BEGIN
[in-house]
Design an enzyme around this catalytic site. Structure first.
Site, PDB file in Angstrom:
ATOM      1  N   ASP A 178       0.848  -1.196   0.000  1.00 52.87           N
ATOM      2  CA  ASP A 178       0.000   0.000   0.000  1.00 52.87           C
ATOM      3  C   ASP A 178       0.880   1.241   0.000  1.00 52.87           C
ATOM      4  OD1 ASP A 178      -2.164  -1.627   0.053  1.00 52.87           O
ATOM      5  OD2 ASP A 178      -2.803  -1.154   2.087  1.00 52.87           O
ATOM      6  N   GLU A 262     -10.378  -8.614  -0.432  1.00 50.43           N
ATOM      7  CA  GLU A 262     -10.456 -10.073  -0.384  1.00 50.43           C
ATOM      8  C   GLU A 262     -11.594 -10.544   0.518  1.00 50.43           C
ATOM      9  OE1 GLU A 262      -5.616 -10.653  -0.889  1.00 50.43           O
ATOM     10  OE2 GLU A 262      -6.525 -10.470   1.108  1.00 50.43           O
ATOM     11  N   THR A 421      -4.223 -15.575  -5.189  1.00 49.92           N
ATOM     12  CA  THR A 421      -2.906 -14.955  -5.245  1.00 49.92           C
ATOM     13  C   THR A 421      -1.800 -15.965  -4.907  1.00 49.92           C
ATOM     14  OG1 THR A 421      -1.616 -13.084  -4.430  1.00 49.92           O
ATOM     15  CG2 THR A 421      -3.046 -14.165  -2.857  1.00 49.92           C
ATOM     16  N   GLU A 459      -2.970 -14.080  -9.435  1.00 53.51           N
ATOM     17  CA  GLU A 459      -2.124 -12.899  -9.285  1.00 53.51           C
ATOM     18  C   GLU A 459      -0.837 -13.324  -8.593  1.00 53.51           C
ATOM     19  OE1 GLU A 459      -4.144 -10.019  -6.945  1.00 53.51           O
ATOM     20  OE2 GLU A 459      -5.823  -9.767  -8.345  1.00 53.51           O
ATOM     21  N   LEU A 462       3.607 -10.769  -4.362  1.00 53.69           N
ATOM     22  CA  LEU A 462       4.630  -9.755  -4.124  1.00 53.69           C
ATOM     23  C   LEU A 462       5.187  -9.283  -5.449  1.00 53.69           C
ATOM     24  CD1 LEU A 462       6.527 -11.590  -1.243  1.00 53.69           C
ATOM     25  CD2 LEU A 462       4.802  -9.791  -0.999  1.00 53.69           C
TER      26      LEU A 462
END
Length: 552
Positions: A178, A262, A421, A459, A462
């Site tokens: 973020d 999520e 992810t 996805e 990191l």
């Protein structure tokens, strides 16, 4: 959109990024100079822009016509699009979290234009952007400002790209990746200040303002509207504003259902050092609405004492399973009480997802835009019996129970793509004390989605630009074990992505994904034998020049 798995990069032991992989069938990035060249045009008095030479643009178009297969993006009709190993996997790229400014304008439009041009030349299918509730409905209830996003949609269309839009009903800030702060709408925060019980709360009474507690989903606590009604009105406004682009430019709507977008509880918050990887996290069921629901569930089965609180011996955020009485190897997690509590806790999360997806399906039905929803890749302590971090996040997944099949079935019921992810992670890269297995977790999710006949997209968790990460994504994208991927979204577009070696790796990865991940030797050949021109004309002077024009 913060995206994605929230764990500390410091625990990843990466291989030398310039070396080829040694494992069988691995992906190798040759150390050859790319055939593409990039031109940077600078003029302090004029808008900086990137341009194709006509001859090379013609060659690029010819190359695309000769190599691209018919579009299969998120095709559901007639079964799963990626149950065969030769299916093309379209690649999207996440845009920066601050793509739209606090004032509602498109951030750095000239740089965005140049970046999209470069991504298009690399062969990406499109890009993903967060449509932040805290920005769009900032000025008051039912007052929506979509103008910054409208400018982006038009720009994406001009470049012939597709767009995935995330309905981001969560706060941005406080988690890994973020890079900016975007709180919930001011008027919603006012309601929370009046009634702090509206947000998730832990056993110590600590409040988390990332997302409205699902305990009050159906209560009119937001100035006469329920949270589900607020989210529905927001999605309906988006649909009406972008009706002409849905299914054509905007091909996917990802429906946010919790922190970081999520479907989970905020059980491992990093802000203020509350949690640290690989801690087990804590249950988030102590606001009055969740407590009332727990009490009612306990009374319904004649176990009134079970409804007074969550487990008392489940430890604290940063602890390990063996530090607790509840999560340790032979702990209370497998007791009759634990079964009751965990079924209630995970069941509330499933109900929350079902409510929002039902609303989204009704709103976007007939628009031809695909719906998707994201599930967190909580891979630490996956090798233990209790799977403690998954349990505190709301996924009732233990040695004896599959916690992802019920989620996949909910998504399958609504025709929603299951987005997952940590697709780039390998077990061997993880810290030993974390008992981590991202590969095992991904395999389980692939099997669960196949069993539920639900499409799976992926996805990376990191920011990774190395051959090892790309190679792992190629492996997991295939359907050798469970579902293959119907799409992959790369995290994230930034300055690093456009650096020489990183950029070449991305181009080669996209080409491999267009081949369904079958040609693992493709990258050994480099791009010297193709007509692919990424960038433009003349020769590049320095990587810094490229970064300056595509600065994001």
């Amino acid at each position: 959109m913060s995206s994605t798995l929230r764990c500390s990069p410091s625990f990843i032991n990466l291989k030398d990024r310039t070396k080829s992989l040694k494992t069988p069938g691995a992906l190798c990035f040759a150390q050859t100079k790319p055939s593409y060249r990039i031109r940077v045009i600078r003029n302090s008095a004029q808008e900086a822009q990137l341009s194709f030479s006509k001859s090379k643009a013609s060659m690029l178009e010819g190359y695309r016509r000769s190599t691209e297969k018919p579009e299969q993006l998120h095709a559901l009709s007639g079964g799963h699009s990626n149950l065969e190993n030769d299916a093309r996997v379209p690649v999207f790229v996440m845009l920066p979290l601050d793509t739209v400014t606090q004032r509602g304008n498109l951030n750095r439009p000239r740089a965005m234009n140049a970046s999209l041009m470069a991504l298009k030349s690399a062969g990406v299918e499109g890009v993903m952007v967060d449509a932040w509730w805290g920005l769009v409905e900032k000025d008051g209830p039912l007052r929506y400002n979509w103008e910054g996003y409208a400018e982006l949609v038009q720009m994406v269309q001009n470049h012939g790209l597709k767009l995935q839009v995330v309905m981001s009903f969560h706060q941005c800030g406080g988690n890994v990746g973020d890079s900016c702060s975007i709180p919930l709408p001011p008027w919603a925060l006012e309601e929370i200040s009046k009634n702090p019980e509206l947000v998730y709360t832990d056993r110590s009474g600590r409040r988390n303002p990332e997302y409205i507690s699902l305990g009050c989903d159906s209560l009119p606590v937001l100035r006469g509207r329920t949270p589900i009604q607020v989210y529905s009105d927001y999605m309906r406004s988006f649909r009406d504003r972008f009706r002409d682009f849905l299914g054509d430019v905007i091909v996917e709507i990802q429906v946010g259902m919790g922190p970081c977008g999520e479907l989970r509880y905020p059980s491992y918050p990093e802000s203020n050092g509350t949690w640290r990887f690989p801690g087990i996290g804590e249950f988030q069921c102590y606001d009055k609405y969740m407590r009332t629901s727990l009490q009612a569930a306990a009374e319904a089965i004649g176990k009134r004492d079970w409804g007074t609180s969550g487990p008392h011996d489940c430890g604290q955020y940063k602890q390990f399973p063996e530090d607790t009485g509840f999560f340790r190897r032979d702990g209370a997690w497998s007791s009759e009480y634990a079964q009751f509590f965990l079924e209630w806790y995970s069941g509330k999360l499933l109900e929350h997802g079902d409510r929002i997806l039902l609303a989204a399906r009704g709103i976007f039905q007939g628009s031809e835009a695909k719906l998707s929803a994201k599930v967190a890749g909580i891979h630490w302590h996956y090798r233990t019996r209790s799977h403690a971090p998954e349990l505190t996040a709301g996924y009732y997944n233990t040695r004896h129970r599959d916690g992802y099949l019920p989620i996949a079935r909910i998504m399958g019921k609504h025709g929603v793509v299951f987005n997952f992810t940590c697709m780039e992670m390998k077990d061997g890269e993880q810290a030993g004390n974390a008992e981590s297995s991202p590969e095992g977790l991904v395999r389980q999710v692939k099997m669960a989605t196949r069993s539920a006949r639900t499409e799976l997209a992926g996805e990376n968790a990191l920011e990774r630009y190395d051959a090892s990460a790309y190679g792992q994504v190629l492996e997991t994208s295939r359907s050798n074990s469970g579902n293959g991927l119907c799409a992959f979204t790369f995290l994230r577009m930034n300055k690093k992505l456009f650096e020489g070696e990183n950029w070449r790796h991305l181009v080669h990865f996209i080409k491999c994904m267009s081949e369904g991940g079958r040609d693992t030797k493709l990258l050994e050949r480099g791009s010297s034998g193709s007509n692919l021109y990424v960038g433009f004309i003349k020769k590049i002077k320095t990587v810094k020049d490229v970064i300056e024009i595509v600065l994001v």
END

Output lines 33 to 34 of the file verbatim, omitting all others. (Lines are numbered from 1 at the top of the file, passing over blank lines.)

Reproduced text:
């Site tokens: 973020d 999520e 992810t 996805e 990191l």
């Protein structure tokens, strides 16, 4: 959109990024100079822009016509699009979290234009952007400002790209990746200040303002509207504003259902050092609405004492399973009480997802835009019996129970793509004390989605630009074990992505994904034998020049 798995990069032991992989069938990035060249045009008095030479643009178009297969993006009709190993996997790229400014304008439009041009030349299918509730409905209830996003949609269309839009009903800030702060709408925060019980709360009474507690989903606590009604009105406004682009430019709507977008509880918050990887996290069921629901569930089965609180011996955020009485190897997690509590806790999360997806399906039905929803890749302590971090996040997944099949079935019921992810992670890269297995977790999710006949997209968790990460994504994208991927979204577009070696790796990865991940030797050949021109004309002077024009 913060995206994605929230764990500390410091625990990843990466291989030398310039070396080829040694494992069988691995992906190798040759150390050859790319055939593409990039031109940077600078003029302090004029808008900086990137341009194709006509001859090379013609060659690029010819190359695309000769190599691209018919579009299969998120095709559901007639079964799963990626149950065969030769299916093309379209690649999207996440845009920066601050793509739209606090004032509602498109951030750095000239740089965005140049970046999209470069991504298009690399062969990406499109890009993903967060449509932040805290920005769009900032000025008051039912007052929506979509103008910054409208400018982006038009720009994406001009470049012939597709767009995935995330309905981001969560706060941005406080988690890994973020890079900016975007709180919930001011008027919603006012309601929370009046009634702090509206947000998730832990056993110590600590409040988390990332997302409205699902305990009050159906209560009119937001100035006469329920949270589900607020989210529905927001999605309906988006649909009406972008009706002409849905299914054509905007091909996917990802429906946010919790922190970081999520479907989970905020059980491992990093802000203020509350949690640290690989801690087990804590249950988030102590606001009055969740407590009332727990009490009612306990009374319904004649176990009134079970409804007074969550487990008392489940430890604290940063602890390990063996530090607790509840999560340790032979702990209370497998007791009759634990079964009751965990079924209630995970069941509330499933109900929350079902409510929002039902609303989204009704709103976007007939628009031809695909719906998707994201599930967190909580891979630490996956090798233990209790799977403690998954349990505190709301996924009732233990040695004896599959916690992802019920989620996949909910998504399958609504025709929603299951987005997952940590697709780039390998077990061997993880810290030993974390008992981590991202590969095992991904395999389980692939099997669960196949069993539920639900499409799976992926996805990376990191920011990774190395051959090892790309190679792992190629492996997991295939359907050798469970579902293959119907799409992959790369995290994230930034300055690093456009650096020489990183950029070449991305181009080669996209080409491999267009081949369904079958040609693992493709990258050994480099791009010297193709007509692919990424960038433009003349020769590049320095990587810094490229970064300056595509600065994001």